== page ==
Are we addicted to our phones?
I’ve been hearing more and more stories about people getting killed because they were driving and texting, both drivers and pedestrians.
I can barely use a smartphone and talk, let alone walk and text, so DRIVING and texting is beyond my comprehension and scope of capabilities.
(No smart cracks here please)
WHY IS TEXTING SOCIALLY-ACCEPTABLE BUT READING A BOOK IS NOT?
I know people liken it to those who read while walking, but can you imagine how ridiculous it would be to be reading a book while driving?
Not looking at the road?
Or only glancing up occasionally?
I can’t remember the last time I saw someone reading a book and walking (or even holding an e-reader and walking).
IT IS COSTING OUR LIVES AND RELATIONSHIPS
I really feel like we’re addicted to our phones, and not only is it costing our physical lives, but our social relationships as well.
I cannot tell you how many times I see groups of people (or couples) clearly sitting together, but texting or tapping away on their phones instead of talking to each other.
Back to the book analogy, can you imagine just reading a book instead of talking to your friend over coffee?
I admit to whipping out the phone once in a while to check emails, see what’s happening on Twitter and so on… but I don’t do it during times when I am talking to a real, live, human person.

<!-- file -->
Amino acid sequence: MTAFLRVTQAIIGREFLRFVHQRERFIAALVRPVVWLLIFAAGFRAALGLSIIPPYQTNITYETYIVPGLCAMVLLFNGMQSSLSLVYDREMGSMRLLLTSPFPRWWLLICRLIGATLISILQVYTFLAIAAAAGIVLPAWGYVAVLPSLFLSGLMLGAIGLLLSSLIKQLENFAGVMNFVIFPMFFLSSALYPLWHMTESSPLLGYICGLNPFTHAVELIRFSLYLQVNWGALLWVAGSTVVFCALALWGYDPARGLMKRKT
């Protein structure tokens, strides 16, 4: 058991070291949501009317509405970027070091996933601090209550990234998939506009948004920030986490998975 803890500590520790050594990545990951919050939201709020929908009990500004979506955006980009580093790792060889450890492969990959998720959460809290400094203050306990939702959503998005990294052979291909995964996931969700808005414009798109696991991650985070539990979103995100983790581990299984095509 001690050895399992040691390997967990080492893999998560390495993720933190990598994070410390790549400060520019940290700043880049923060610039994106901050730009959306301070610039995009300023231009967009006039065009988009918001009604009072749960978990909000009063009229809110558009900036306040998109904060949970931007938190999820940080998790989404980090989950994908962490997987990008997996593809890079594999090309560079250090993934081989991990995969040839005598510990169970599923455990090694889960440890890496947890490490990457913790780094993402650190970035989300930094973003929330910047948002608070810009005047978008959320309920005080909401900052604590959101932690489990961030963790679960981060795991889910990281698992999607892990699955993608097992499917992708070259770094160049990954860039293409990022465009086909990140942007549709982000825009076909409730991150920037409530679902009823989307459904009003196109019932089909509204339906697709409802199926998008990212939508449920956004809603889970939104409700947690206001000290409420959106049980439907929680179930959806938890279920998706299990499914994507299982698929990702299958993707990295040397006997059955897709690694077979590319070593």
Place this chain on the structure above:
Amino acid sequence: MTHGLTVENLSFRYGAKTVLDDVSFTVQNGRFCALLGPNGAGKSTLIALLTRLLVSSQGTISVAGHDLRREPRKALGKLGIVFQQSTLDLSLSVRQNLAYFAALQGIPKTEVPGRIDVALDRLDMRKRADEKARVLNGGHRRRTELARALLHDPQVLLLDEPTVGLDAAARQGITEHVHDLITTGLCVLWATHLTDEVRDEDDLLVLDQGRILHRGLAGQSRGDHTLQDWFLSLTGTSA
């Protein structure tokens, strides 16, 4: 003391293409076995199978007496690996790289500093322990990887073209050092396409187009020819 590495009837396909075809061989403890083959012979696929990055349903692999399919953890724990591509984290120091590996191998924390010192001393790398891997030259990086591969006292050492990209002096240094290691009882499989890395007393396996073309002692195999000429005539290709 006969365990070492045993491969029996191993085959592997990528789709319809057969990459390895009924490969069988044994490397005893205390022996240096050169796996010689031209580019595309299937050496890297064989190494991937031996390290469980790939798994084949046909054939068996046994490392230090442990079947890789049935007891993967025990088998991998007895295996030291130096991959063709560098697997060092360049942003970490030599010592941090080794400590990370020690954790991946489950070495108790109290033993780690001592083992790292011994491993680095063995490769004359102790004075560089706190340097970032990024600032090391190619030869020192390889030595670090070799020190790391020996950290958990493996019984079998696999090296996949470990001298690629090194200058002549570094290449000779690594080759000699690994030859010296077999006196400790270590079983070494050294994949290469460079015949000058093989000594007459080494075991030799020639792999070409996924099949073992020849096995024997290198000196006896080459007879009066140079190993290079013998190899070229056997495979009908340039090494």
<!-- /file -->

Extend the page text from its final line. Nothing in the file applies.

I’ll only check my phone (rarely) but if there is a half hour to an hour wait for something like a doctor or a dentist.
If I NEED to use it for directions or to find a place to eat some fast sushi, then yes, I’ll walk to a side, stop, and start searching.
I simply can’t walk and type.
What did we ever do before we had smartphones? Let’s do THAT.
It is just not worth our lives. It’s a stupid behaviour.
NO MORE SMART PHONES FOR ME
Incidentally, I’ve already gotten rid of my smartphone, and a cellphone altogether, and saved myself just about $2100 or more.
Do I miss it?
For one thing yes, it was very convenient to check ALL my email addresses with one little sync.
Otherwise, no. Not really.
SHERRY TURKLE: CONNECTED, BUT ALONE?
What a wonderful video from TED on exactly this issue.